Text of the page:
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Re: datatypes and MT

From: Pat Hayes <phayes@ai.uwf.edu>
Date: Thu, 8 Nov 2001 20:51:46 -0600
Message-Id: <p05101023b810f14f8025@[65.212.118.147]>
To: Brian McBride <bwm@hplb.hpl.hp.com>
Cc: w3c-rdfcore-wg@w3.org
(Sorry reply is late, this slid off the top of my screen.)

>Pat Hayes wrote:
>
>[...]
>
>>>But that is not how Sergey would write it.  He is proposing:
>>>
>>>   _:1 xxd:octal   "32" .
>>>   _:1 xxd:decimal "26" .
>>
>>
>>Oh, I see. That does indeed avoid this problem, but it also throws 
>>away the advantages of the bnode way of doing things, since now it 
>>is impossible to be neutral about datatypes. This forces the 
>>datatyping information to be attached directly to the literal; the 
>>only place literals can occur in an RDF graph is at the object end 
>>of links labelled with a datatype.
>
>
>I'm finding the terminology very confusing and may be using it incorrectly.
>
>When we say literal what do we mean.

I wish I knew, Brian. :-)

>  I've been happy to talk about an integer literal, e.g. the number 5.

Me too. I've been using double quotes because that is required in 
Ntriples syntax, but unlike Dan C., I wasn't interpreting them to 
really be quotation marks..

>
>>This seems to me to be simply a variation on the idea of 
>>incorporating the datatype label into the literal itself, eg by 
>>having literals be pairs of a datatype and a string. Like that 
>>proposal, it forces datatype information to be given explictly and 
>>locally, and makes it impossible to infer datatyping information 
>>from other information in the graph, eg range information.
>
>
>Ahh.  I see what you mean.  Here is a concrete difference between 
>the two proposals; just what I've been looking for.
>
>In Pat's proposal:
>
>   <rdf:Description>
>     <eg:size>16</eg:size>
>   </rdf:Description>
>
>Given an appropriate schema, we can infer that "16" is in decimal 
>and denotes the integer 16.  However to do this, we need to process 
>the schema information.

No, we just need to know that (for example) the range of eg:size is 
xsd:decimal. We don't need to do any other 'processing' in RDF. Of 
course, if something on the other side of an API wanted to know the 
actual *value*, we ought to tell it both the literal and the 
datatype; but as long as we do that, RDF has done all it can. I see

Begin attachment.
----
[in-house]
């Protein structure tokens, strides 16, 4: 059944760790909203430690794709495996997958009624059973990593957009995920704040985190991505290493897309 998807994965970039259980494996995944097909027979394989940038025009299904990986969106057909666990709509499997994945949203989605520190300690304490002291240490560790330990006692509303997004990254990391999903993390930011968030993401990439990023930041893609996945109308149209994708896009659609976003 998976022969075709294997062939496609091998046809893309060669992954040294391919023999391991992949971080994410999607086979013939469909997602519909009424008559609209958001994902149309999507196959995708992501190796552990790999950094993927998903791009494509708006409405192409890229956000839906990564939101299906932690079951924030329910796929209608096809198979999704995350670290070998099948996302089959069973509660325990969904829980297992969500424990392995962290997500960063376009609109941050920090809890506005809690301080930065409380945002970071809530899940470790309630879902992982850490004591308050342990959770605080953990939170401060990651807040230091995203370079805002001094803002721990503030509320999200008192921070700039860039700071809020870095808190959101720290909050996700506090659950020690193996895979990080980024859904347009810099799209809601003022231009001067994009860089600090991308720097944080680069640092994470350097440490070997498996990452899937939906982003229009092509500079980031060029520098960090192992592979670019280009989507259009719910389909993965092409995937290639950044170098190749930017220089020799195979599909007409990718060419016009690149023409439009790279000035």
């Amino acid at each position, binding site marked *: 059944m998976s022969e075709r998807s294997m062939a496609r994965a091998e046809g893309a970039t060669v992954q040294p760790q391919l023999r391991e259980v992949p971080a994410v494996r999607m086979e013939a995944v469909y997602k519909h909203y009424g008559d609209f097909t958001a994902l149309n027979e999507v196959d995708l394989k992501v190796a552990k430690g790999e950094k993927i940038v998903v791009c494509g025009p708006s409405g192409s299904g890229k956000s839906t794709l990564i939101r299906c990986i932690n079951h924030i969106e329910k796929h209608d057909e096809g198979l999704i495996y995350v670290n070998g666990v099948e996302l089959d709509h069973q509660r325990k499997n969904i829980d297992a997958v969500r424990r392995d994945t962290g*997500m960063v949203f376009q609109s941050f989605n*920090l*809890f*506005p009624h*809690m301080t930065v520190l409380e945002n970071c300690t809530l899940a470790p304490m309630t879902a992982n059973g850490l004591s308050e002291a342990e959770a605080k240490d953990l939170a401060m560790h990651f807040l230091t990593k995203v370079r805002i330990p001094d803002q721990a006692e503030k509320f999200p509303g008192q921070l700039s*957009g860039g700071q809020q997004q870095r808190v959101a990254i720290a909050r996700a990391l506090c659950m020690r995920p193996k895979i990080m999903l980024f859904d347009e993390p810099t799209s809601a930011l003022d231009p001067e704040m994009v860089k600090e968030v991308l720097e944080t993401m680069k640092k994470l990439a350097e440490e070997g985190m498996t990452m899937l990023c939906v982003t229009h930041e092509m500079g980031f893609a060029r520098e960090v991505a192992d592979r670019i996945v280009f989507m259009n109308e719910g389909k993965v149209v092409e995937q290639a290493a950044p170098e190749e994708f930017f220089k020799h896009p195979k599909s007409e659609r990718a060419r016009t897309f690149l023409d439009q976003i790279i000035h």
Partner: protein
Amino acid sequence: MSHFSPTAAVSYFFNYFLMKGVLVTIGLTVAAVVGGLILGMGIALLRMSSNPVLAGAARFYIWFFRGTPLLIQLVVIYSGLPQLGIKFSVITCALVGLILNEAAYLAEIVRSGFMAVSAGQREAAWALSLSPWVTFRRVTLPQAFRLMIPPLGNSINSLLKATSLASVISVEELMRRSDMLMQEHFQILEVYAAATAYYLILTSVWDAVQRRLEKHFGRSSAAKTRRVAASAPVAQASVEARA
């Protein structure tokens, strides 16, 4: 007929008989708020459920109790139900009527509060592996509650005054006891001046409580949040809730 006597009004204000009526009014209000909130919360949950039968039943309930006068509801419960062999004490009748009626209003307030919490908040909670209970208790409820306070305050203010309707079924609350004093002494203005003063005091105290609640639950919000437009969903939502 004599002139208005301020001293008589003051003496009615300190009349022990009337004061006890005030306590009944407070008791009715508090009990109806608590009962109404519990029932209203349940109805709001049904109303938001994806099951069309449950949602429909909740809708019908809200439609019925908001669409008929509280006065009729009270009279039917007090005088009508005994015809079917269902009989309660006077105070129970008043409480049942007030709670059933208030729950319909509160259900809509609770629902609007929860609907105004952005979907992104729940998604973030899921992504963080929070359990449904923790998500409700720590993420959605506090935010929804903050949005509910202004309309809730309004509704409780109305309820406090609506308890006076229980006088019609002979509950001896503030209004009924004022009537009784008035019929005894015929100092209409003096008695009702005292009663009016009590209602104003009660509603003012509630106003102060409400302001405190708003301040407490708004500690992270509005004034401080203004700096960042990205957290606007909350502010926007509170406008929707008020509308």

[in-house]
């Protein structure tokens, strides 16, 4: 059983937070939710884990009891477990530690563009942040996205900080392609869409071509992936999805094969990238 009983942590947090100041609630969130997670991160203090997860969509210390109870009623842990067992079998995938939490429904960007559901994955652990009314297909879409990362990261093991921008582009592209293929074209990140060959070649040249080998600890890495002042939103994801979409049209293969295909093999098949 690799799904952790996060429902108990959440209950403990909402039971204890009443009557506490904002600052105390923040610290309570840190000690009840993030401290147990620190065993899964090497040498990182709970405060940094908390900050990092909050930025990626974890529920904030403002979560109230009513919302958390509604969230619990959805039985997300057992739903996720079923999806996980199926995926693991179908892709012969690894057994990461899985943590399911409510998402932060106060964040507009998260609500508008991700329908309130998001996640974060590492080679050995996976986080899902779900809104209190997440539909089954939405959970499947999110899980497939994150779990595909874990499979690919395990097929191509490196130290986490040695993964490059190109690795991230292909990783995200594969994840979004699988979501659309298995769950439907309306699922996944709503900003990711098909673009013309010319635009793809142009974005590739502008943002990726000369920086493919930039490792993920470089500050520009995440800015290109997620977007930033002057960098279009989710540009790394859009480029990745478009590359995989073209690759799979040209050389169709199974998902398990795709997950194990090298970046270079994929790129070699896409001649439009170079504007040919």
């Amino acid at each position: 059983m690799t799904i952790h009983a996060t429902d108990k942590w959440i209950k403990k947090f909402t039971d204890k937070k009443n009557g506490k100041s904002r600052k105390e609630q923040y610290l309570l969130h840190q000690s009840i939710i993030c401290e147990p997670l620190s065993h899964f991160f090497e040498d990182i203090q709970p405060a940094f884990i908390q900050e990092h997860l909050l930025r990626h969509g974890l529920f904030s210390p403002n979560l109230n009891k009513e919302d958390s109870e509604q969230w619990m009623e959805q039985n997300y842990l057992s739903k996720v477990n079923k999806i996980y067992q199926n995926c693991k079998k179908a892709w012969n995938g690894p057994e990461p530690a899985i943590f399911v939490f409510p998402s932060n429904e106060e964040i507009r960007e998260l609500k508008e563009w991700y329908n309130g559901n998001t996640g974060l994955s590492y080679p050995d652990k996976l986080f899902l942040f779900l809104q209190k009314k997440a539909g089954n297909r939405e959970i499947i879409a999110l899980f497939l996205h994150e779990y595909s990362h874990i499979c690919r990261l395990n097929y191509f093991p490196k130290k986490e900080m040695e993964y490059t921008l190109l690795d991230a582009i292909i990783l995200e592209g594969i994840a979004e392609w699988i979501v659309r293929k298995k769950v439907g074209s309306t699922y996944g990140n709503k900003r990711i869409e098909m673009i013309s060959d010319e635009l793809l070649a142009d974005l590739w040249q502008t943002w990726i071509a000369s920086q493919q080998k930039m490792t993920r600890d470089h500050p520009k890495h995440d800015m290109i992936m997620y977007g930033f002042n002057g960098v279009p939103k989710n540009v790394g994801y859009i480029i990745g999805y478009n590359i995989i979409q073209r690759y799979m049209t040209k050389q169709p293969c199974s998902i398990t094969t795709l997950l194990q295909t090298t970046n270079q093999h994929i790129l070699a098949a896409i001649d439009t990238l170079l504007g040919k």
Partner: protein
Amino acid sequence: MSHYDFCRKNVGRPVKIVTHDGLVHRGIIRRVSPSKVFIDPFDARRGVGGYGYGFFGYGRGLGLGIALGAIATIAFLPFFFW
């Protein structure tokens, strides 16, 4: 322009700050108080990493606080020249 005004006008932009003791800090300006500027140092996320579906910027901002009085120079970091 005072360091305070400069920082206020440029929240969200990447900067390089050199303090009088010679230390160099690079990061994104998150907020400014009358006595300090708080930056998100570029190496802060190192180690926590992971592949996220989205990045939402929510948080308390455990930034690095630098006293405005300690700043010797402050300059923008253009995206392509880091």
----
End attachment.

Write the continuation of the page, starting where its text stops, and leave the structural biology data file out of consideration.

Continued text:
any actual processing of schema information as being outside RDF 
itself. All RDF deals with are literals (not literal values) and 
names of datatype schemas (URIs like <xsd:integer>)

>  The schema would fix the lexical representation of the value of the 
>property, so given the schema we could not choose to represent the 
>number in hex:
>
>   <rdf:Description>
>      <eg:size>10</eg:size>  <!-- bad -->
>   </rdf:Description>

That is true, because the datatypes would have to be upward 
consistent if we use range information to fix the datatype.

>
>In Sergey's proposal, we could write:
>
>   <rdf:Description>
>     <eg:size eg:hexint="10"/>
>   </rdf:Description>
>
>or
>
>   <rdf:Description>
>     <eg:size eg:decint="16"/>
>   </rdf:Description>
>
>or
>
>
>   <rdf:Description>
>     <eg:size eg:decint="16" eg:hexint="10"/>
>   </rdf:Description>
>

True, that is one benefit of local typing in general: since it 
doesn't use any RDF reasoning about types, it needs to make no 
coherency assumptions. Datatypes are just labels, in effect, with no 
semantics in RDFS itself.

>Schema could still tell us that the value of the property eg:size 
>was an integer, but would not tell us what lexical representation 
>was used.  And we could have:
>
>   <rdf:Description>
>     <eg:size rdf:type="http://example/integer" eg:hexint="10"/>
>   <rdf:Description>
>
>which allows us to represent everything we need in RDF/XML without 
>any schema processing at all.

I confess I don't follow this point. Both schemes can represent 
everything in RDF/XML, I think. (If we only use range to specify 
datatyping, at any rate.)

>Hmmm, some pro's, con's and features:
>
>Pat's Proposal:
>
>   pros:  o using schema can add datatyping to existing RDF idiom
>
>   cons:  o requires change to RDF/XML to explicitly represent datatyping
>            in the RDF/XML without schema processing

I don't think it does.

>
>          o does not allow alternative lexical representations of a datatype
>            for a given property

Not mutually inconsistent ones, eg hex and decimal, for the same 
property. (Because you have to choose one of them to be the range 
datatype.) However, if we could have literals as subjects we could do 
this using rdf:type on the literal itself. In fact, if I can have 
literals as subjects then I can systematically translate the S scheme 
into the P scheme (Anything you can do/ I can do shorter;/ I can do 
anything/ with less nodes than you.). But those literal subjects do 
break RDF/XML, I concede.

Pat
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Received on Thursday, 8 November 2001 21:51:43 EST

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